How to Release a Jammed Ratchet Strap

Ratchet straps are super-handy, but can also be a little tricky to use. 

They can get stuck or jam if you don't know how to use them.


We'll take a look at the top 3 ways ratchet straps jam and how to make a ratchet strap release.

Table of Contents

  • How To Use a Ratchet Strap

  • How Ratchet Straps Jam and Get Stuck

    We've had ratchet straps jam or just get stuck for 3 reasons:

    1. Not disengaging the ratchet all the way : The gear stays locked in place until you "unlock" it.
    2. Winding too much strap on the spool: This requires a little muscle and finesse to unjam.
    3. Needs a little lube: Happens with ratchet straps that don't work smoothly from being outside. 

    So here's how to deal with these problems:

    1) Ratchet Strap Isn't Fully Disengaged and Won't Release

    This is probably the most common problem that most people have.

    When the ratchet is fully "closed" it's locked into place and both pawls are engaged. When it's partially open both pawls are mostly engaged.

    You need to get the ratchet fully open in order for it to release. You do this by disengaging the two pawls.

    First you need to squeeze the little handle to disengage the manual pawl:

    Get ready
    Get ready to squeeze the manual pawl.
    Squeeze the Manual Pawl
    This is the first part of unlocking the ratchet strap.

    Then, still squeezing the little handle, you need to swing the main handle all the way up. Keep pushing up and squeezing the handle until the ratchet is flat.

    Unlock the Ratchet Strap
    Continue to squeeze the manual pawl, and swing the bar up as far as possible.
    Disengage BOTH pawls.
    Make sure that you make the two halves nearly flat! When properly positioned, you won't be able to pull the handle back down - it will be locked in its flat position.

    Once it's flat, you can let go of the little handle and just pull the ratchet towards you - it'll now be loose and ready to release.

    Loosen the Ratchet Strap
    Pull the ratchet strap towards you.

    2) Ratchet Strap Has Too Much Strap On the Spool

    If you don't take the slack out of the ratchet strap before tightening it, you can have this problem. Compare the pink area in the below pictures:

    Ratchet Strap with Correct Amount of Strap
    If you take most of the slack out of the strap before tightening (by pulling the loose, unhooked end), you'll get the right amount of strap on the spool.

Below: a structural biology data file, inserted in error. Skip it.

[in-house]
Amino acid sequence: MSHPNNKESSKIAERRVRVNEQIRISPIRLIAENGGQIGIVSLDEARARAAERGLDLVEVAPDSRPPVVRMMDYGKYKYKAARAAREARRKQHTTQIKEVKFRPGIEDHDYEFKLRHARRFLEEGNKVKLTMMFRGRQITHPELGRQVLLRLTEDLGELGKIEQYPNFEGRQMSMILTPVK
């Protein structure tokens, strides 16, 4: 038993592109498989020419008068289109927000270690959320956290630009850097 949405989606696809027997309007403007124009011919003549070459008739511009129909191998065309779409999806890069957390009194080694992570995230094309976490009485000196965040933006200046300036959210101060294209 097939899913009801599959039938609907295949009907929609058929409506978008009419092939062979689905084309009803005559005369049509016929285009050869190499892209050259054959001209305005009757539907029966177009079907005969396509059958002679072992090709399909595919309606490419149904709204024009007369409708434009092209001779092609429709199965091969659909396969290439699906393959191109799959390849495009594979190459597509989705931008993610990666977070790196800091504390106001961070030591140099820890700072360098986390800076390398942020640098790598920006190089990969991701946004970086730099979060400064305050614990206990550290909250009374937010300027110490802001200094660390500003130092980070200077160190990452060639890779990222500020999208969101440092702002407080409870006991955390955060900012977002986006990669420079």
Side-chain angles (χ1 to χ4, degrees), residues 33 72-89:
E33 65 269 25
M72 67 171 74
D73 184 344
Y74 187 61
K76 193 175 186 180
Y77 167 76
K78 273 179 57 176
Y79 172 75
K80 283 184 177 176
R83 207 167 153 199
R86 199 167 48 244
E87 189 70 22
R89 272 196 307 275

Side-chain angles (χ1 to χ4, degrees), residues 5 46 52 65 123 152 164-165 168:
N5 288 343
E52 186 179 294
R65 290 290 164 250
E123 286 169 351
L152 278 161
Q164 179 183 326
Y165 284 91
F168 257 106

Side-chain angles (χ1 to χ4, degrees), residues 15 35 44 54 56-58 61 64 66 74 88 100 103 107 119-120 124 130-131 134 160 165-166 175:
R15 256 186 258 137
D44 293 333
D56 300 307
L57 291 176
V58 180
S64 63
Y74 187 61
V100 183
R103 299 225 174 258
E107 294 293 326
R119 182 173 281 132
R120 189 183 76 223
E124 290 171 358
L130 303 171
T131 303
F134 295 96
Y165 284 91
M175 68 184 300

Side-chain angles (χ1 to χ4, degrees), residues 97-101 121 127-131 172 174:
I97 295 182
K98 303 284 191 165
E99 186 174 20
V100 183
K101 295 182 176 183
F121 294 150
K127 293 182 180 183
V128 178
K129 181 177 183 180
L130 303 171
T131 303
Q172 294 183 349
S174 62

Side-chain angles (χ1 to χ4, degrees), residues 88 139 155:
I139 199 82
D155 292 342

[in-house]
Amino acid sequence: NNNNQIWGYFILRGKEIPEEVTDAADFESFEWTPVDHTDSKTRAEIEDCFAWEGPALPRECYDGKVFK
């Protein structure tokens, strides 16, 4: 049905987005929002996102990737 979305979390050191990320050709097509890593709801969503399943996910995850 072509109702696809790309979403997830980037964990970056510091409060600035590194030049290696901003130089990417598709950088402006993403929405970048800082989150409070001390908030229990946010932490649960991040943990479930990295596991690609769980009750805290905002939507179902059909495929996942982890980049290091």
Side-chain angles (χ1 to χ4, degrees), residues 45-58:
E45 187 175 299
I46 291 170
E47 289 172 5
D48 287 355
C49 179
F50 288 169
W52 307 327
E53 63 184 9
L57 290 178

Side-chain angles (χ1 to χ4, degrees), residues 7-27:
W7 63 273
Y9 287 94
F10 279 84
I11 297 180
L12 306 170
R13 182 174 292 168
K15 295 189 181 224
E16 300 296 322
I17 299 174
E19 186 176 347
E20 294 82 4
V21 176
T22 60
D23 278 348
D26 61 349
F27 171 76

Overloaded Ratchet Strap Spool
    This has way to much strap wound on it! This can prevent your strap from becoming tight enough and prevent it from securely locking for travel!!!

    Notice how much strap is spooled in each image - one has a little and the other has a lot! The image with a lot of pink is a ratchet strap with the right amount of strap. The image with a small amount of pink is overloaded.

    The overloaded ratchet strap spool is actually dangerous.


    1. It can be hard to make the ratchet strap tight, so your load won't be secure.
    2. You might not be able to lock it, which means it could release during transport.
    3. The excess straps will push on the auto pawl, which means it may only partially engage.


    The trick to unjam the strap here is with muscle. You need to follow the first procedure above for disengaging the ratchet, then pull really hard to make the strap unwind from the spool.

    3) Ratchet Strap Has Rust or Dirt Making It Jam

    Some of the old ratchet straps we have are pretty dirty and rusty. Occasionally, the pawls will stick which makes it hard to tighten or loosen the strap.

    Essentially, the pawls should move into place from the pressure exerted by their springs, but the pawls sometimes can't slide in their respective channels.

    Ratchet Strap Lubrication Points
    If your ratchet strap is sticking, it might be because the manual pawl (pink) and auto pawl (blue) can't move. Try lubing them with a little WD40, motor oil, cooking oil, or some other lubricant that will loosen them.

    To fix this, you just need to squirt some lube or cleaner onto the pawl surfaces where they contact the ratchet strap body and move them back-and-forth by hand a little bit to loosen them up.

    If the mechanism still sticks and you can't make it work, you might want to think about a new ratchet strap so that you'll have something that works when it's supposed to.


Tyler Branham

Tyler came out of the womb with a Birfield in one hand and a stick of 6010 in the other, ready to weld any piece of trail-busted steel back together. He has wheeled, broken, and modified a variety of rigs, from Toyotas to Jeeps to Fords to Chevies. He likes doing long distance overland travel and would happily spend every night in the bed of a pickup under the stars.

Last updated: September 5, 2019